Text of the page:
The first Lego Movie may have a special place in your heart thanks to its catchy theme song, and the way it played with not only the father and son relationship but also the way it reminded big kids about the effervescent power of imagination.
The sequel moves the story on by toying with the sibling relationship as a brother and sister duel it out in a similarly creative way to deliver a fast-paced adventure through popular culture that explores the toxic effect of gendered marketing on both young boys and girls.
Leading off where the first film finished, a new type of toy is in town with Duplo bricks, assorted candy coloured stickers, minidolls and glitter an assumed threat to existence with Bricksburg now an apocalyptic Mad Max style wasteland. But that’s only the tip of the iceberg with the film introducing a whole new world of play that lovingly references Twilight, adores pop music and slyly comments on the film industry and how it needs to be rebuilt with inclusivity in mind.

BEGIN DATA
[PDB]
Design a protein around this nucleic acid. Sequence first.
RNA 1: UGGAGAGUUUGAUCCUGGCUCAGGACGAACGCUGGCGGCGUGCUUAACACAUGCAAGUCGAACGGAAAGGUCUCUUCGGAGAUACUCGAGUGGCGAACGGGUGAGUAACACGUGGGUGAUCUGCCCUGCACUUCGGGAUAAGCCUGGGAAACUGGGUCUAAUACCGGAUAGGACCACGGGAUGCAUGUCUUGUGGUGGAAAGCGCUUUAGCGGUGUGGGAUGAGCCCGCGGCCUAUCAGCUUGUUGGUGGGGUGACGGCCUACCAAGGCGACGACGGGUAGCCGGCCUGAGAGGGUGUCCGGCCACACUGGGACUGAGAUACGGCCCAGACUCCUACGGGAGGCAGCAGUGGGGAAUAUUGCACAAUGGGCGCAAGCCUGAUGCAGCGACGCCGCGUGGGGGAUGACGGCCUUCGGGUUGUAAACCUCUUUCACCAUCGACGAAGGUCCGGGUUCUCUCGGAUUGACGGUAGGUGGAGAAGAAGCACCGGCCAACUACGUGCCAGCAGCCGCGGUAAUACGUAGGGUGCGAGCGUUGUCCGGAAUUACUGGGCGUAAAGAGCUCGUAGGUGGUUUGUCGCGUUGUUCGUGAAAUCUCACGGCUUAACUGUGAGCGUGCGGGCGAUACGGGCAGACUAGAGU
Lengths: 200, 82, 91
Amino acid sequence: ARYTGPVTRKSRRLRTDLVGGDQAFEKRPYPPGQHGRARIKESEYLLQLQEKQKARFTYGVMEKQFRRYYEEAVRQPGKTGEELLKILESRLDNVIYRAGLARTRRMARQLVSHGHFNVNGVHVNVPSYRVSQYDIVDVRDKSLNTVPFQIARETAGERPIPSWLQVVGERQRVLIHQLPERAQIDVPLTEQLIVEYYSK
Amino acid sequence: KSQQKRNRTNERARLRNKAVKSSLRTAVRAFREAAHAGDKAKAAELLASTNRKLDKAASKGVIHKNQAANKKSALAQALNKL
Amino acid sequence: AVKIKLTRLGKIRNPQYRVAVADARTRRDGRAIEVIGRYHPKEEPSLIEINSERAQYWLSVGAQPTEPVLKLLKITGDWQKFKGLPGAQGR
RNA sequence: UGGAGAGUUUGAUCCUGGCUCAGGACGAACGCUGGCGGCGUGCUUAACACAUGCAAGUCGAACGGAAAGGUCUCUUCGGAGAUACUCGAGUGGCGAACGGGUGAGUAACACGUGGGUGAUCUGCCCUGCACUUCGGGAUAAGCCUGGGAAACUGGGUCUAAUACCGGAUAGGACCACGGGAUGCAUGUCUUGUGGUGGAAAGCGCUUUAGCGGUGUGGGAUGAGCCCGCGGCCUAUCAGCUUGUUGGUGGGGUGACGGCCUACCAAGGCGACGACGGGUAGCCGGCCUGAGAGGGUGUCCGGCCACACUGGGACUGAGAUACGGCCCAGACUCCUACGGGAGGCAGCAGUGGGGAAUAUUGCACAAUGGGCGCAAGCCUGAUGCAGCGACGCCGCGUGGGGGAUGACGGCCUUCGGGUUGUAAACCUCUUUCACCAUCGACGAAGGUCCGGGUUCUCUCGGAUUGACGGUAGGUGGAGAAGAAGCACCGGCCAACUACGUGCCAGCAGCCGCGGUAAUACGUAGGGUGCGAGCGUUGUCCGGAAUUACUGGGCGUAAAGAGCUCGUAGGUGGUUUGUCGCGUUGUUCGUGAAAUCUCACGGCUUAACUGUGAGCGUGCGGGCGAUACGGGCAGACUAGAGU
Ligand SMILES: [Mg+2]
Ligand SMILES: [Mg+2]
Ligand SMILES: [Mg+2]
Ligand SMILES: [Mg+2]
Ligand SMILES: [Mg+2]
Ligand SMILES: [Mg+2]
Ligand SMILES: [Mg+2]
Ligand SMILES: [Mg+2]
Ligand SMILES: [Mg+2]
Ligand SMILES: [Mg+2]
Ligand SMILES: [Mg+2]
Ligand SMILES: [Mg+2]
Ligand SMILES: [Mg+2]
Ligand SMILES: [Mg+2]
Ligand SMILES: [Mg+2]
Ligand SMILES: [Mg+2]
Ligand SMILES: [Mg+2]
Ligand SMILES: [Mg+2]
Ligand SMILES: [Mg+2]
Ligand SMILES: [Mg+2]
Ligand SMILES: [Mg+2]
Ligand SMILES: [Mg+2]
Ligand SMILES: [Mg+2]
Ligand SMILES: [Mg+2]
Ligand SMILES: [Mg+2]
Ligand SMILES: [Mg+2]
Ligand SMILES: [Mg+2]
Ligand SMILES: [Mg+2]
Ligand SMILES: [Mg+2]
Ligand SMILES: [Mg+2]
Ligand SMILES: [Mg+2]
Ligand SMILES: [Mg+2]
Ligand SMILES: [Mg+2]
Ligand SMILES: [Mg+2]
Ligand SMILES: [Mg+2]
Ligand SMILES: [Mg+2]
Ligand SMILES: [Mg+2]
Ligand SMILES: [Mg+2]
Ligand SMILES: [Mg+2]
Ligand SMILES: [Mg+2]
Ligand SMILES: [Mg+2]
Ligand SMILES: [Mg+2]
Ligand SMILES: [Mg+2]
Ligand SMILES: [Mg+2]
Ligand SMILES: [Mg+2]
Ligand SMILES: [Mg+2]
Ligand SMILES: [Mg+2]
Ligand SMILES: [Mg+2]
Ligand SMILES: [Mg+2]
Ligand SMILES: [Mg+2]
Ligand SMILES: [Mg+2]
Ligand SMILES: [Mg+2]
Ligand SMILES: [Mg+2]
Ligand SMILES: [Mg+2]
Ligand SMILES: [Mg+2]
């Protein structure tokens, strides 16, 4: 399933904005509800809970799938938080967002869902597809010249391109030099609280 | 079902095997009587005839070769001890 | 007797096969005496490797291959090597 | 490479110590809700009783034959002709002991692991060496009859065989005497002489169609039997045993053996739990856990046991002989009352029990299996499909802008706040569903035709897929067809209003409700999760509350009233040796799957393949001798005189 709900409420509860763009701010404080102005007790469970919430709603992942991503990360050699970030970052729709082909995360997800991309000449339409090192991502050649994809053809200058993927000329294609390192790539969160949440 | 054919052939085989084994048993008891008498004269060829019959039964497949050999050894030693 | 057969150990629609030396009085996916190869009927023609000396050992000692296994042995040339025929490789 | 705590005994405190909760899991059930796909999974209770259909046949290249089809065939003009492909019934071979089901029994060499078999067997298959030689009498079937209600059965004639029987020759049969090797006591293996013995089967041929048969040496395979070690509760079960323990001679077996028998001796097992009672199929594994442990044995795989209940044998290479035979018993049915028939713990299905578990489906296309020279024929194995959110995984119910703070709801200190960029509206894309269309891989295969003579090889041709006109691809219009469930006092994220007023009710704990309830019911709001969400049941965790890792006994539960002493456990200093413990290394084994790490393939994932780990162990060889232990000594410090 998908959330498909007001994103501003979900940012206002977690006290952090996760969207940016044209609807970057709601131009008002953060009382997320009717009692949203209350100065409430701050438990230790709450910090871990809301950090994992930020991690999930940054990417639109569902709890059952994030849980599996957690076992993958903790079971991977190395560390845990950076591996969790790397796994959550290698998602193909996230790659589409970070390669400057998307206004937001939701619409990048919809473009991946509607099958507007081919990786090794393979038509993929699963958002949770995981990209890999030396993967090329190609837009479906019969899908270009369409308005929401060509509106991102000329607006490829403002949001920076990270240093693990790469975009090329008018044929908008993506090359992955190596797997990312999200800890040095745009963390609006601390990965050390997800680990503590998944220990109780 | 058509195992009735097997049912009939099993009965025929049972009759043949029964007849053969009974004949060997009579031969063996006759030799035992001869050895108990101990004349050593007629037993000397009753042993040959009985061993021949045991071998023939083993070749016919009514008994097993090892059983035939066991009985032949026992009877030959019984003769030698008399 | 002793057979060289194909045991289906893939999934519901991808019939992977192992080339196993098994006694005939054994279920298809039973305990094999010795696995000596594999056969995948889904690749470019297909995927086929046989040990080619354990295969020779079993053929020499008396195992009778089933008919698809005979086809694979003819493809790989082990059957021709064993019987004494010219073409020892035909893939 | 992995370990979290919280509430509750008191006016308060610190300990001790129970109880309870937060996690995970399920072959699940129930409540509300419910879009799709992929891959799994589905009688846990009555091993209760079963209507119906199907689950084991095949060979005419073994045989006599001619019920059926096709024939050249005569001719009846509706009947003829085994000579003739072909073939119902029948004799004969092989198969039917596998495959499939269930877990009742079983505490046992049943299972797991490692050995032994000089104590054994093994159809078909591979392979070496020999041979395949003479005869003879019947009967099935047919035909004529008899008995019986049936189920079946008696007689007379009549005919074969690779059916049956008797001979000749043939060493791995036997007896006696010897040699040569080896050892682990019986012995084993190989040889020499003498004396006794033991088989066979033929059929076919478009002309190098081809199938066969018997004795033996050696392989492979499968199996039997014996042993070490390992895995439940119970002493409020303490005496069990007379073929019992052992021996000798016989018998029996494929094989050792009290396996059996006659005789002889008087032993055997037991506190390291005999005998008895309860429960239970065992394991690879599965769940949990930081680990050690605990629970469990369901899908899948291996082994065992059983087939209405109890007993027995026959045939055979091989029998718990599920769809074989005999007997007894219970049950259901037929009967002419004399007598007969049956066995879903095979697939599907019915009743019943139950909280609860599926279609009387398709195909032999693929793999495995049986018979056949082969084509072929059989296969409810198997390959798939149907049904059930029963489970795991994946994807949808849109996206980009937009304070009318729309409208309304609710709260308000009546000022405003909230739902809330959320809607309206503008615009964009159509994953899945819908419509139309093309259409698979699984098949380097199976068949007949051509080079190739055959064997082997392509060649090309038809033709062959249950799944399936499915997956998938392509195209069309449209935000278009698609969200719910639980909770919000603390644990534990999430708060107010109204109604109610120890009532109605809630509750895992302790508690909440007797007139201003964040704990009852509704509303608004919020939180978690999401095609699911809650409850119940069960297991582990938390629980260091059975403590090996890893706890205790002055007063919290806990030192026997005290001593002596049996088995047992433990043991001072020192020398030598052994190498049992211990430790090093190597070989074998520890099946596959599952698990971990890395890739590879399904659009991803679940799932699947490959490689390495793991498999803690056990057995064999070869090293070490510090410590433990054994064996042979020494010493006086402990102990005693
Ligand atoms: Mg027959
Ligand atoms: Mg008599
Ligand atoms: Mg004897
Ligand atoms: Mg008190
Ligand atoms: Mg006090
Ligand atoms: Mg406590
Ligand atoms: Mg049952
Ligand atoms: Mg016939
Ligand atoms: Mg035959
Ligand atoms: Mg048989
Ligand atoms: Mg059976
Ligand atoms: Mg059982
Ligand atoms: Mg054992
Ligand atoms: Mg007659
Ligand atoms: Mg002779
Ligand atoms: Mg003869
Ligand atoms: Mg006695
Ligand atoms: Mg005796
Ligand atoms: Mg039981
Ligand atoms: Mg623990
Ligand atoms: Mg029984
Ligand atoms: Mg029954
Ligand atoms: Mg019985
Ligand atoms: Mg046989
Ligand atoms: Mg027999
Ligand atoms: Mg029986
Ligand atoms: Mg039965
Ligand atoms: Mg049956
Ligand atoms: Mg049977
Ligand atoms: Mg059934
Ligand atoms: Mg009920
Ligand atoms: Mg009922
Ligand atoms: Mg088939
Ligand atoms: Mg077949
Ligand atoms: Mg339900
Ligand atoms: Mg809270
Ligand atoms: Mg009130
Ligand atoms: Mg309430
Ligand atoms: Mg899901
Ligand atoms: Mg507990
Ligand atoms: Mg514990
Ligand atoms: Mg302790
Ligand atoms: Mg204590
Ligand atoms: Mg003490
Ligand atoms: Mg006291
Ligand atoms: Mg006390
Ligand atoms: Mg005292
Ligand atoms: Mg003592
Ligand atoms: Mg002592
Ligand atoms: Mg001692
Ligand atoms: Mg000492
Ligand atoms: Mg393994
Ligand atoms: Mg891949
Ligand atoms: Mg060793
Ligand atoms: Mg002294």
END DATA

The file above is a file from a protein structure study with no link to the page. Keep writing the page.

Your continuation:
The sequel is still as funny as the first from the outset and the jokes come thick and fast but a whole new sparkling dimension is added along with some fantastic new characters who celebrate fluidity, collaboration and co-operation. There’re also a few new bangers to rival ‘Everything is Awesome’ including a notable group effort from Beck, Robyn and The Lonely Island.
Shapeshifting Queen Watevra Wa’Nabi, voiced with exceptional humour and relish by Tiffany Haddish is a joy as she switches between different forms and belts out edgy tunes. Her interactions with Will Arnett who reprises his role as Batman are a dream as she uses her wits to get her way. Stephanie Beatriz is gifted with a voice role that’s comparably as progressive as her character from Brooklyn Nine-Nine. The OG crew of Lucy and Emmet go on their own separate existential outings with their developments and realisations feeding into the narrative about the different things girls and boys are taught to embrace and reject. As the kids grow up so do their imaginary characters and it touches upon how certain curiosities can be sadly stamped out through societal pressure.